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A Marksman’s Guide to the Sitting Position

The most useful and versatile of all positions is, in my opinion, sitting. I consider it to offer the best combination of versatility, steadiness, and quickness of the lot. With mastery of this position along with using a shooting loop sling, you can accurately place shots out to 250 yards on a saucer-sized target.

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Pete is clearly a fan of the sitting position, and I’m right there with him. So was Jeff Cooper, who stated in The Art of the Rifle that the seated position is the most useful for hunters.

Military shooters tend to use it less because it’s neither as low as prone nor fast like squatting or kneeling. That’s not to say the sitting position is never used in the military, it’s just not going to show up in regular infantry work all that much.

The sitting position is a moderate to high stability shooting position, depending on your body mechanics. You will get slightly lower than kneeling or squatting but stay above most brush and grass. Sitting is also convenient because it can be comfortably held for a long time.

We’re focusing on three primary variations on the sitting position: open leg, crossed ankle, and crossed leg. You will probably find that you perform better with one variation over the others.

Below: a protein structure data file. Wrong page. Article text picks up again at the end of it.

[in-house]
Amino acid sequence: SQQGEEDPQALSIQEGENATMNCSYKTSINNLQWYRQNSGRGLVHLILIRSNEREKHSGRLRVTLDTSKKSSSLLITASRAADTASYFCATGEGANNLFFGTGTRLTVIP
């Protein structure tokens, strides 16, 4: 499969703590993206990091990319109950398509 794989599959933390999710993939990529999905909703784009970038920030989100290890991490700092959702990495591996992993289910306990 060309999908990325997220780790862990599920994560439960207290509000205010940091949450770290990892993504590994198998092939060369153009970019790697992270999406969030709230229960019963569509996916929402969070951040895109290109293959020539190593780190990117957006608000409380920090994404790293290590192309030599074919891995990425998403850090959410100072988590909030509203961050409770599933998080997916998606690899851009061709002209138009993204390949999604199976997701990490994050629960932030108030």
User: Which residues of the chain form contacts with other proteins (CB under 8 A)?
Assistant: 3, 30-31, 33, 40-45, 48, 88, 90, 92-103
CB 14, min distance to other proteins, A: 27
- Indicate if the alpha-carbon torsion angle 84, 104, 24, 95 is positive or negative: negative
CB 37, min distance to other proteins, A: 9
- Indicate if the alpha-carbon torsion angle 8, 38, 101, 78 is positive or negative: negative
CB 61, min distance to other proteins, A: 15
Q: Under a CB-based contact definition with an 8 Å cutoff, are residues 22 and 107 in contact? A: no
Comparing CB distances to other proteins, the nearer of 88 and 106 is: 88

Each variation has its usefulness in certain situations. For example, the crossed ankle position works best, for me, if the target is about even with my line of sight. If the target is significantly above my line of sight, I’m probably going to switch to open leg. If below, I’ll use the crossed leg.

Your flexibility and body shape are important in your position selection, but I’ll get to that.

The Open Leg Sitting Position

This is the quickest of the sitting positions to use, but I find it to be the least stable. In the beginning, I did not particularly care for the open leg position at all.

With practice, I realized that it offers the most practical adjustment for elevation changes and it can be made stable enough with good technique. However, I think most people should avoid this position in favor of others. The open leg variation is a fallback if you lack flexibility or your equipment prevents you from using a more stable variation.